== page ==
The New Pro-Life Movement

While delivering Meals on Wheels to seniors in Souris, PEI on Oct. 22, 2017 I was listening – as I often do – to Michael Enright’s program The Sunday Edition on the CBC.  He was interviewing Rebecca Bratten Weiss about the New Pro Life movement of which she is a co-founder.  There was much in the interview and in the write-up of the interview on the CBC website that I found of interest and that I could to relate to.

In previous blogs I have repeated my belief in the uniqueness and immeasurable value of each human being and my own feeling that what we learn in science generally and in what I have learned in Physics in particular reinforces this concept that we are, individually and collectively, a very special part of the Universe; special enough to have revealed to us the knowledge that we are loved beyond all reason by this totality of our existence which we have come to label as God.

Phrases like “Child of the Universe”, “Children of God”, “heirs to the kingdom” barely do justice to the ideas and emotions one is trying to express in talking about this belief. To quote St. Augustine from his Confessions,

“What has anyone achieved in words when he speaks about you?”
(p. 5, Oxford World’s Classics; Book 1, iv (4))

The issue of abortion, and many other issues raised by the pro-life movement, naturally engender high emotions, controversy and much political conflict. This is not surprising since such issues hit at the core of our own daily lives and deal with life and death matters.

That is why I listened with interest – when I could catch it in between my deliveries – to this interview and why I decided to follow up with at least a look at the New Pro-Life Movement and to include a discussion on it in a blog, with a view to linking the ideas with the theme of my blog – that we are indeed special children of the universe.

Weiss writes a blog of her own called “Suspended in her jar”, which I had a look at and again find ideas that I can connect with. More to the point though, even if I did not agree some of her ideas or opinions, I find it refreshing that there is an option to talk about emotional issues like abortion in a background of patience, empathy and willingness to take meaningful actions.

By meaningful actions I mean actions that are going to actually be effective rather than pointless or even counter productive.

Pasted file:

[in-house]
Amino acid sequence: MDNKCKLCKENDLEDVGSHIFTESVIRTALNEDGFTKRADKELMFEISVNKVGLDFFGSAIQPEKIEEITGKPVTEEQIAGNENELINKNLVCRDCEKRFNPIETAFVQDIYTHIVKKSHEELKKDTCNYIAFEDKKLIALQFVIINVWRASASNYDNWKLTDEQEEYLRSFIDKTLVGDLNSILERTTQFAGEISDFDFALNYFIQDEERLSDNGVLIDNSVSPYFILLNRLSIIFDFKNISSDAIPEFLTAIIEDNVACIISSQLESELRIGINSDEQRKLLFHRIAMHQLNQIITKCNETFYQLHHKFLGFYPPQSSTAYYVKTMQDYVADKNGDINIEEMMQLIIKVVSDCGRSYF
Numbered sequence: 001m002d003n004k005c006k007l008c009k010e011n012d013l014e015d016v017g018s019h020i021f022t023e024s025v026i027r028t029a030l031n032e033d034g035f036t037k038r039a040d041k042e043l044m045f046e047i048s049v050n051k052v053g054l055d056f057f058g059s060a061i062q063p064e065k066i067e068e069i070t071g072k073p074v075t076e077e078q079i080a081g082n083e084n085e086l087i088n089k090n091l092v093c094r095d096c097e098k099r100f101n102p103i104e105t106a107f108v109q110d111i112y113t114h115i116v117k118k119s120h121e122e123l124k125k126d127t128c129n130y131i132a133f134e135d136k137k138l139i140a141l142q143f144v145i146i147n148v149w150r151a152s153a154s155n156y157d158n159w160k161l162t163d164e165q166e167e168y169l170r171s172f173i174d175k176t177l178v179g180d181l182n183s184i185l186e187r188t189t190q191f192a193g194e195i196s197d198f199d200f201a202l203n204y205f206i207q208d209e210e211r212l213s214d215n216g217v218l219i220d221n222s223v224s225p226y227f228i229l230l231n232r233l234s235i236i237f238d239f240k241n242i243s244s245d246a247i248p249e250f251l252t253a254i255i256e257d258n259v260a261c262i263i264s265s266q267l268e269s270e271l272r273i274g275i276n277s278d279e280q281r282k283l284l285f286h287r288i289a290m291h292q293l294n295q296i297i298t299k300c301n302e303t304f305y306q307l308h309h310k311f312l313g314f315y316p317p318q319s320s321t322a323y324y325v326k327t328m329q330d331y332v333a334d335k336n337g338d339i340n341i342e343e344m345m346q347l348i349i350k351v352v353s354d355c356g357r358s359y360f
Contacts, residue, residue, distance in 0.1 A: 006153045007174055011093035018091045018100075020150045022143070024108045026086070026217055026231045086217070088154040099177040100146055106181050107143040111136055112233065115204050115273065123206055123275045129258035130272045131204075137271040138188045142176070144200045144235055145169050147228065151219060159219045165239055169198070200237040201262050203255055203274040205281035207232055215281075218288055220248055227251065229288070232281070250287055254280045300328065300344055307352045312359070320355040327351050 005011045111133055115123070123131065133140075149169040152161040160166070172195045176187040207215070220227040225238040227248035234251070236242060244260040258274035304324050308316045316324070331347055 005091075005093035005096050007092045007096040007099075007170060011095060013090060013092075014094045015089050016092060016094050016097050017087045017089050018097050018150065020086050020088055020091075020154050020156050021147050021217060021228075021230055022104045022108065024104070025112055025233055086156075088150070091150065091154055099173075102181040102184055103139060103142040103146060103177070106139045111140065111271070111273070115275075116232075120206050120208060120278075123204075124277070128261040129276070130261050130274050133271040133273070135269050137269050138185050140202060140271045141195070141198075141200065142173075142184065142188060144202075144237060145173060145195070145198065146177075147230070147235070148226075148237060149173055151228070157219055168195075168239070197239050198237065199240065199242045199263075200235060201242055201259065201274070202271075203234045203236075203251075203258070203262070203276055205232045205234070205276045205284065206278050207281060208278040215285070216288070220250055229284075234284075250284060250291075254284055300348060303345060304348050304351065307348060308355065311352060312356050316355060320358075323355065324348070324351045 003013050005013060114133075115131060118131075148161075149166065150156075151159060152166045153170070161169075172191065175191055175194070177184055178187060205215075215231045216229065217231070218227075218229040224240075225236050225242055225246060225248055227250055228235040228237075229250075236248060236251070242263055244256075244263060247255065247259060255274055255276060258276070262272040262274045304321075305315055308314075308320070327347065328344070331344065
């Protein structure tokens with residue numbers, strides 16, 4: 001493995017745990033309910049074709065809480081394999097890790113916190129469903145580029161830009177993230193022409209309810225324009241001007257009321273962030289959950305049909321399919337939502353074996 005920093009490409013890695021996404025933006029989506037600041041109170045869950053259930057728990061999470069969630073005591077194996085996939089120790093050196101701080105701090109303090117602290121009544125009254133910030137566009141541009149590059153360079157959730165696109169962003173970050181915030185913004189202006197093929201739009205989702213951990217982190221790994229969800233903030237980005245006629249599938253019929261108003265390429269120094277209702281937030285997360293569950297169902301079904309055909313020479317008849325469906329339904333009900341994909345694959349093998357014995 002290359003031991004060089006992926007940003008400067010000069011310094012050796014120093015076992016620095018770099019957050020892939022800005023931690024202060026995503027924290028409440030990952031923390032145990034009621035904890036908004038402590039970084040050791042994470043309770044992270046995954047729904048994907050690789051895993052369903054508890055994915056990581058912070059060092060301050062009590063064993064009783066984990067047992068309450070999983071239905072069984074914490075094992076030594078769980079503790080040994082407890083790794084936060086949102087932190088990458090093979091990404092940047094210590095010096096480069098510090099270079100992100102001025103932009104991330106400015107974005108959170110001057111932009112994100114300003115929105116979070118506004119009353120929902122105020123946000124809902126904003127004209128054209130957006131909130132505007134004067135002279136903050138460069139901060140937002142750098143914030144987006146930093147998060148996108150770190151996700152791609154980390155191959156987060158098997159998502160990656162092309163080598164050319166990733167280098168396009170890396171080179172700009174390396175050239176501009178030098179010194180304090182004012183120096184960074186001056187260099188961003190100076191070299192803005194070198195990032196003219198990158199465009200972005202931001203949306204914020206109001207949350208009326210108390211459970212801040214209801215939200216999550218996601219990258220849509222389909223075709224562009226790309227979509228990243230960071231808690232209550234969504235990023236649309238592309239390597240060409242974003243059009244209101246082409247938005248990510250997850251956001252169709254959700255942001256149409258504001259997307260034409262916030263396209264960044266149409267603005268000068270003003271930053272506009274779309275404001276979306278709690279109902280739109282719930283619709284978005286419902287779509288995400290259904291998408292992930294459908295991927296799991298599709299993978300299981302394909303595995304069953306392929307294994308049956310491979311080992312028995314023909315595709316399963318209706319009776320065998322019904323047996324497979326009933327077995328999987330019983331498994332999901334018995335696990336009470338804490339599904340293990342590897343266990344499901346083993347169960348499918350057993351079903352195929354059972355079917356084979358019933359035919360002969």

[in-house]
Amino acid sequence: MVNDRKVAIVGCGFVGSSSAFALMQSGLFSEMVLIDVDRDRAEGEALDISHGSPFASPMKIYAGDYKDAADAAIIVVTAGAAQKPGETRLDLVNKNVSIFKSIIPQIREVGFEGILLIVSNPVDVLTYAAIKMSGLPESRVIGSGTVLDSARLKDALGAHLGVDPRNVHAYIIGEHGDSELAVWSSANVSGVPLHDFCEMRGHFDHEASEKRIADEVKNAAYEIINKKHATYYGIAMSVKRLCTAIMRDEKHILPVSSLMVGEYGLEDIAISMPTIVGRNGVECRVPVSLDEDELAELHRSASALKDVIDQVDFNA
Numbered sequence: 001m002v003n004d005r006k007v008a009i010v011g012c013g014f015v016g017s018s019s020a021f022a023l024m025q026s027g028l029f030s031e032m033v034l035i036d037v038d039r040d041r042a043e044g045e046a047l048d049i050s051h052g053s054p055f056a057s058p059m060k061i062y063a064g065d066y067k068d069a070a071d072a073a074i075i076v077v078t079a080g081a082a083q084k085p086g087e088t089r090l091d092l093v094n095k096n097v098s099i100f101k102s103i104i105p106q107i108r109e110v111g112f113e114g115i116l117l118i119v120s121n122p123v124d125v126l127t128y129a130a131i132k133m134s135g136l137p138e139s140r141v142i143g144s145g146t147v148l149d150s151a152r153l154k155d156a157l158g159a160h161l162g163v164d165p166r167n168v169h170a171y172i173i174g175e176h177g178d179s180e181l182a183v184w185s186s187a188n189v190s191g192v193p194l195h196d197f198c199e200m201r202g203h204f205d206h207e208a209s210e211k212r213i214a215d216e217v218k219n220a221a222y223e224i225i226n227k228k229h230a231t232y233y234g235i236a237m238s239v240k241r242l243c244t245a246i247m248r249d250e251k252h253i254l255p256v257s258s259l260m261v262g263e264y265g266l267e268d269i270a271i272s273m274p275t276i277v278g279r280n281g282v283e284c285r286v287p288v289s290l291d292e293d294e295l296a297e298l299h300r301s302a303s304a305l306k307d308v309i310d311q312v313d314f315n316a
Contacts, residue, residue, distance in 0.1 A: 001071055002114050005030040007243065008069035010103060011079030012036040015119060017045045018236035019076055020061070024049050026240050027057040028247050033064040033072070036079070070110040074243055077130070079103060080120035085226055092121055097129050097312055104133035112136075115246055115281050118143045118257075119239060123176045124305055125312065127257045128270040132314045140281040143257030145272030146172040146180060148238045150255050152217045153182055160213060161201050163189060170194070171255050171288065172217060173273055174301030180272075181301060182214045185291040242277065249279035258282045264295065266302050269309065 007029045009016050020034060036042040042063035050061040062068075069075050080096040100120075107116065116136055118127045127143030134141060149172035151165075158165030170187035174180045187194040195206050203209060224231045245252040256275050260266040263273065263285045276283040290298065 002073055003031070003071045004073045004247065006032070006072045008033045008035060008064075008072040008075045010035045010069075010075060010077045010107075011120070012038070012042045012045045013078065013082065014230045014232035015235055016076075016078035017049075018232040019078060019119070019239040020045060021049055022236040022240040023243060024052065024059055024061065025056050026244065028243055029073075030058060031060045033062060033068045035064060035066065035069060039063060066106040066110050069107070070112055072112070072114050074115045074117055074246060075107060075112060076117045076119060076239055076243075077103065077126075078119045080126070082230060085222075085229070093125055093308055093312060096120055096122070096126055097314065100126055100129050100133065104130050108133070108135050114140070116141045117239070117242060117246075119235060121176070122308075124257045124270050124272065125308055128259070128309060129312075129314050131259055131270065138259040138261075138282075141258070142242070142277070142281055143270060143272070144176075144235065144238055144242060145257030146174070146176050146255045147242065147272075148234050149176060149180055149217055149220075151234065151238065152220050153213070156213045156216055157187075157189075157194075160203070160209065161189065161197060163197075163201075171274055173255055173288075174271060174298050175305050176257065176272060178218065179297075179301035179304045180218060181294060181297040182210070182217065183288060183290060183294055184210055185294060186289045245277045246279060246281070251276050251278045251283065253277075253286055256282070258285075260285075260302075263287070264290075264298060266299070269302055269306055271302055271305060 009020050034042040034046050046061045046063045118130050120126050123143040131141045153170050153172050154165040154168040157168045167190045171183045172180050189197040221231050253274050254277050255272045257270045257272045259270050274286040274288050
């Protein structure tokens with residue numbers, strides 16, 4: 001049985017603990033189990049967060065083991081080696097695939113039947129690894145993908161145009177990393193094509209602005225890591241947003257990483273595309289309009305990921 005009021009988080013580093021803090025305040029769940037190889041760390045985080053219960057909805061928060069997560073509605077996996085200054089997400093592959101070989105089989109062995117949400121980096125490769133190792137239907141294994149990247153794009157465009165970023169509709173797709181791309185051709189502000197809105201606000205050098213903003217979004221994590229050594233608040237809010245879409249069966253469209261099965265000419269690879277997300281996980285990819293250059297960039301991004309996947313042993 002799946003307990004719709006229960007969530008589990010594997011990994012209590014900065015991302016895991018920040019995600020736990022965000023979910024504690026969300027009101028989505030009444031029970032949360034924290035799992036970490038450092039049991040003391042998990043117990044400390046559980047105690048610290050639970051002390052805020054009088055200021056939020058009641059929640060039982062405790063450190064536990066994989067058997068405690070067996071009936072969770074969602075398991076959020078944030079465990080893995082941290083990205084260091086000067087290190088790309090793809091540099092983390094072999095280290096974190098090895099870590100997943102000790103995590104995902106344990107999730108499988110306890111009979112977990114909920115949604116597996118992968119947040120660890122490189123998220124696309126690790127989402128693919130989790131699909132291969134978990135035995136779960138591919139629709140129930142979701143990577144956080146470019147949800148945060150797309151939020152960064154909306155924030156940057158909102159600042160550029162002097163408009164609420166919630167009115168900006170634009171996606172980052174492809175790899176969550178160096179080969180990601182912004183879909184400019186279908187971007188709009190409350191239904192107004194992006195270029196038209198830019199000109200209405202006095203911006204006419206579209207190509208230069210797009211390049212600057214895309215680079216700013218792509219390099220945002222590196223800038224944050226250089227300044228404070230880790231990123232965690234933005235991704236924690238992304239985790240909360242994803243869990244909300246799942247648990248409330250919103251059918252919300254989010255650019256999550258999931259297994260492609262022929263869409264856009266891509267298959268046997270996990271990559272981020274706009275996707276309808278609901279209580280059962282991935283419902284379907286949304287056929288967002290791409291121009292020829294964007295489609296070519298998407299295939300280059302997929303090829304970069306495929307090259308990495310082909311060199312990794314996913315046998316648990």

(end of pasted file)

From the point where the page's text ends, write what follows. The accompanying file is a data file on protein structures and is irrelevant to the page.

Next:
The New Pro-Life Movement has a presence on medium.com where they publish loads of opinions https://medium.com/@newprolifemovement

The essential thrust of the new pro-life movement, from reading Weiss and the content on the medium.com blog is that the most effective way to deal with abortion – and with other issues that are related to or included in the notion of “pro-life” – is to make political and societal changes that promote or encourage people to make life giving, life saving decisions rather than just condemning those who choose abortion or euthanasia . 

I can see the logic and the practicality of this approach because the pro-life movement has encountered a real dilemma: using the laws to force women to have a baby is simply not an alternative that most sensitive thinking people are prepared to push. The courts in Canada have long ago decided that anti-abortion laws, as they were written, were unacceptable in their infringement of the rights of women.

To quote from the online Canadian Encyclopedia 

“Wrote chief Justice Brian Dickson: ‘Forcing a woman, by threat of criminal sanction to carry a foetus to term unless she meets certain criteria unrelated to her own priorities and aspirations, is a profound interference with a woman’s body and thus a violation of her security of the person.'”
www.thecanadianencyclopedia.ca/en/article/abortion

On the other hand, aborting a fetus is, in my opinion, an act of killing a human being. This is not just a religious belief – it is based on scientific facts. The  DNA of the human fetus is that of a human – not a monkey or a reptile or any other evolutionary, developmental stage of human-ness. Furthermore, medical science acknowledges that development of the human fetus as a human begin at conception, hence the restrictions promoted on drinking alcohol and other health precautions advocated for the development of a healthy baby, from the time of conception onward. 

Also, continuing with information from the online “canadian encyclopedia”, it states there that the Supreme Court did not say that,

“…there was an inherent right to abortion under the Charter. Rather, it said the system regulating access to abortions – particularly the hospital review committees that were meant to approve abortion requests – had so many barriers and operated so poorly that it [the law] was ‘manifestly unfair’.”

Furthermore, on this point of right to abortion, it has been pointed out by PEI Supreme Court Justice Gerard Mitchell in a 2014 letter to The Guardian, a Charlottetown , PEI newspaper,that,

“…in actual fact all seven judges of the Supreme Court of Canada acknowledged that the state has a legitimate interest in protecting the unborn!
(emphasis is that of Mitchell, cited in a letter of Canadian Conference of Catholic Bishops to the Minister of Foreign Affairs, the Honourable Chrystia Freeland protesting Canada’s foreign policy with respect to abortion rights)

No other law was introduced to replace the law overturned by the Court. Surely there is a need to develop the political will in this country to have laws passed that recognize  that human rights need to be extended to all human beings before the arbitrary point of live birth. To deny that the developing child in the womb is not entitled to life, protection and a genuine care for its interests, as some proponents of abortion contend, is as antediluvian as insisting that the world began 5000 years ago. The fact that the law does not recognize the rights of the fetus just means that the law must be brought in accord with this reality.

The online article goes on to say that, what it terms, “the fetal rights issue” was